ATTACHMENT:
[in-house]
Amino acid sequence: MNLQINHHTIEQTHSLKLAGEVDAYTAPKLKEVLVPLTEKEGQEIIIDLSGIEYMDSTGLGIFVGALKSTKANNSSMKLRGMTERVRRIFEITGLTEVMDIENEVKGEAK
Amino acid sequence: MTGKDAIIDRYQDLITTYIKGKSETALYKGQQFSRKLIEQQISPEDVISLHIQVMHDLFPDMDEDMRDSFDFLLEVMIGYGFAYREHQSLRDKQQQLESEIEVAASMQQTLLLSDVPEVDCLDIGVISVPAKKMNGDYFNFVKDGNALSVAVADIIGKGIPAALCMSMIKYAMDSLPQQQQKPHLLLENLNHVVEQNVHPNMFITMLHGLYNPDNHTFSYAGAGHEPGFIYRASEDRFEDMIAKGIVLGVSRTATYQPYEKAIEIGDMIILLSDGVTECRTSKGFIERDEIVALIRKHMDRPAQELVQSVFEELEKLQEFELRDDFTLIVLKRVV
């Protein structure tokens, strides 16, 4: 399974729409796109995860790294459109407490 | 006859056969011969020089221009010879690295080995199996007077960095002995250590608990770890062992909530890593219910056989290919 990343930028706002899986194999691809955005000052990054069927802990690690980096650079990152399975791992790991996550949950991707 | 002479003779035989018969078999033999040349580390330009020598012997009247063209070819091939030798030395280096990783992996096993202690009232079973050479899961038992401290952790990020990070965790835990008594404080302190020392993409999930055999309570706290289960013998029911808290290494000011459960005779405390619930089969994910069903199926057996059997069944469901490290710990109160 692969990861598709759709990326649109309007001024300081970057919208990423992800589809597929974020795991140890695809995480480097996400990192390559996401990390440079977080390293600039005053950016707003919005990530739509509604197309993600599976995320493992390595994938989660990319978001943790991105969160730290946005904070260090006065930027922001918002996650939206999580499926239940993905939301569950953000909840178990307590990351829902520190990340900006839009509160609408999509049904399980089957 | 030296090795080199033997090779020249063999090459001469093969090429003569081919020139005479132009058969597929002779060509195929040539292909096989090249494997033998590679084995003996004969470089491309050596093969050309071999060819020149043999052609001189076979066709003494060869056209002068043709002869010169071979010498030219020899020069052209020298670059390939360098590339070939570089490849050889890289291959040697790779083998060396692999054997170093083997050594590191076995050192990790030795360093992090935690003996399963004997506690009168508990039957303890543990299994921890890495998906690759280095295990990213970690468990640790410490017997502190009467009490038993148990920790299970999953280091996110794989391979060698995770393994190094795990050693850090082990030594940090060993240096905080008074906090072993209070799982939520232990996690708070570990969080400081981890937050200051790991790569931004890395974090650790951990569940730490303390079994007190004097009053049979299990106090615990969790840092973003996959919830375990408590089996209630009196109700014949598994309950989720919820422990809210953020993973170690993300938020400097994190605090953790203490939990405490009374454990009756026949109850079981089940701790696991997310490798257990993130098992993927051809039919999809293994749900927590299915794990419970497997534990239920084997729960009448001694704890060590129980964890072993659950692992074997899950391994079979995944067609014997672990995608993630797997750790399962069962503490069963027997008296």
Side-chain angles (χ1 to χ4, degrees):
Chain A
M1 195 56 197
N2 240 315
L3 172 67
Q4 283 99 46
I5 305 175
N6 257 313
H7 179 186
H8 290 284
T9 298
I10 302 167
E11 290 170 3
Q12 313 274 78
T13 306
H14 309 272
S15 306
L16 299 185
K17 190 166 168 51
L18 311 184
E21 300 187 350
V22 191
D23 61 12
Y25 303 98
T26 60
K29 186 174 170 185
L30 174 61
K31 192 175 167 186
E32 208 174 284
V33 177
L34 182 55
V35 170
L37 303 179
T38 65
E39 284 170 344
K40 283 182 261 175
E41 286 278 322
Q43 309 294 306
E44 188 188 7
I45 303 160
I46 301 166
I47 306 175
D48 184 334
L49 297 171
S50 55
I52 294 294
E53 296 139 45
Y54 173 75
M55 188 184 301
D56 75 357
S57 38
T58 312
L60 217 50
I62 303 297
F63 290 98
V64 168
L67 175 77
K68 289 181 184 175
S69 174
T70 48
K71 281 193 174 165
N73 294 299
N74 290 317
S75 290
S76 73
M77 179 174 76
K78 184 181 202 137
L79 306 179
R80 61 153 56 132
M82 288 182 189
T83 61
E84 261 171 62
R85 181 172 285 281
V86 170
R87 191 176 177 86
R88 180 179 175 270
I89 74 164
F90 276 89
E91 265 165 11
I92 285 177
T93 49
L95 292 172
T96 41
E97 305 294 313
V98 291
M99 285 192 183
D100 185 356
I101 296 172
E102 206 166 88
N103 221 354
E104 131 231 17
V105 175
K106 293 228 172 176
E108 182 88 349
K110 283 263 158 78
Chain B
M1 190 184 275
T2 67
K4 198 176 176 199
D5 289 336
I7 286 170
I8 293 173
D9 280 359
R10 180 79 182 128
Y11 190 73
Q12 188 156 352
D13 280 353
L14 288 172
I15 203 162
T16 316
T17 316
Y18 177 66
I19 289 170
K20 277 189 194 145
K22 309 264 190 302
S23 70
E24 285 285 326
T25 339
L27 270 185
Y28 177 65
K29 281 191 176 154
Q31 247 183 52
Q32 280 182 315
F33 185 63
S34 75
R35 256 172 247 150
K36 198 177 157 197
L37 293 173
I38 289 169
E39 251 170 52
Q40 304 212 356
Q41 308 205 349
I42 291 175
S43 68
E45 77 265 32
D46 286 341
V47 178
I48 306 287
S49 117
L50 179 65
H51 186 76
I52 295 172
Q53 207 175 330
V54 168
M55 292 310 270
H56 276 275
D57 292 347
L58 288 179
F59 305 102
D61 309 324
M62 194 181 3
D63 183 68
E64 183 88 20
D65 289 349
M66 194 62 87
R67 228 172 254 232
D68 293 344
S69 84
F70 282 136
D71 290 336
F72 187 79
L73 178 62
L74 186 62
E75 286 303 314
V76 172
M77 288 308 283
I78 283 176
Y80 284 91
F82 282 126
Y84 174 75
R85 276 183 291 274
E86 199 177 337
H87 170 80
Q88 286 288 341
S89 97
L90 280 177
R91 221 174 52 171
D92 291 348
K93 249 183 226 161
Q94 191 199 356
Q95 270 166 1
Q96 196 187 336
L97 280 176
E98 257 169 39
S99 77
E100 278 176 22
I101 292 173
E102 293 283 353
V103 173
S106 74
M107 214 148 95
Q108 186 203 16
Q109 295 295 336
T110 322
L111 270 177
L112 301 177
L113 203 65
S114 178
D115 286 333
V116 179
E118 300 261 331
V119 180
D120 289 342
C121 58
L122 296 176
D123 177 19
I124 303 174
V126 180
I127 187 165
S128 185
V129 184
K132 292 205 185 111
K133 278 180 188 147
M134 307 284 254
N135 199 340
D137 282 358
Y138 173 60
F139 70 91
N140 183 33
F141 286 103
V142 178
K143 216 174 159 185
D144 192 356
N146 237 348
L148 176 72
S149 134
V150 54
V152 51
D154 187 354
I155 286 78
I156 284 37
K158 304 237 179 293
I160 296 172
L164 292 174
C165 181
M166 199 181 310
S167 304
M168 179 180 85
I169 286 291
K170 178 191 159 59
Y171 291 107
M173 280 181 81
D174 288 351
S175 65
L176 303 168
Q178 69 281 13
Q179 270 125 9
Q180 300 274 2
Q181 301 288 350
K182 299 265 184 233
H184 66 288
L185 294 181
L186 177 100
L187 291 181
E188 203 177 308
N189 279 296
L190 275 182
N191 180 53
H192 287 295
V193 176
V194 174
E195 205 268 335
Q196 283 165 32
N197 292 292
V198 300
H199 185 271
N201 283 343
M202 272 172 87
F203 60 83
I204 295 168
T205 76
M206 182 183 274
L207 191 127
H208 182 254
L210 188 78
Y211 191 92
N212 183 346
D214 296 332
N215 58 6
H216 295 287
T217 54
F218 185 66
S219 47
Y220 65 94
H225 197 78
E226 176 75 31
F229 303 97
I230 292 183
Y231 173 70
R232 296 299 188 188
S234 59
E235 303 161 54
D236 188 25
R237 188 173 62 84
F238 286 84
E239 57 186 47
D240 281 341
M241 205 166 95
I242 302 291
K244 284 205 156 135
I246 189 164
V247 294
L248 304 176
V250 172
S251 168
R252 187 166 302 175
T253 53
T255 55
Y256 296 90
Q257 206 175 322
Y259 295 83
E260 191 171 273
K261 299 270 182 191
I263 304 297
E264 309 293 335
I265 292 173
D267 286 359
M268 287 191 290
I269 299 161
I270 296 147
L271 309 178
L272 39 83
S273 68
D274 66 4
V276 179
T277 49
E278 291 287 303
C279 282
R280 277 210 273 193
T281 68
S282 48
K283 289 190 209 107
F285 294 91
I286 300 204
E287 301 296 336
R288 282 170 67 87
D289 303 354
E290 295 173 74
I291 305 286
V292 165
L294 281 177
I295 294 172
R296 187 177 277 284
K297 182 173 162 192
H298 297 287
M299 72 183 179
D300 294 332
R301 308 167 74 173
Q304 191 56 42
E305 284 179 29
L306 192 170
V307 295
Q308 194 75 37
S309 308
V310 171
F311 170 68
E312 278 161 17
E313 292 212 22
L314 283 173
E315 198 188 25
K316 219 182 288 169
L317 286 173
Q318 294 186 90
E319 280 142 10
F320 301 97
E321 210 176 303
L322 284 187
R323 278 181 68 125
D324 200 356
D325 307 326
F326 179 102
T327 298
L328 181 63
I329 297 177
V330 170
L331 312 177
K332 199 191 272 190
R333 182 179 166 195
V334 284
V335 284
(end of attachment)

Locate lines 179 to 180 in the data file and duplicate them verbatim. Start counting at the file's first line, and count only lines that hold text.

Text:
S89 97
L90 280 177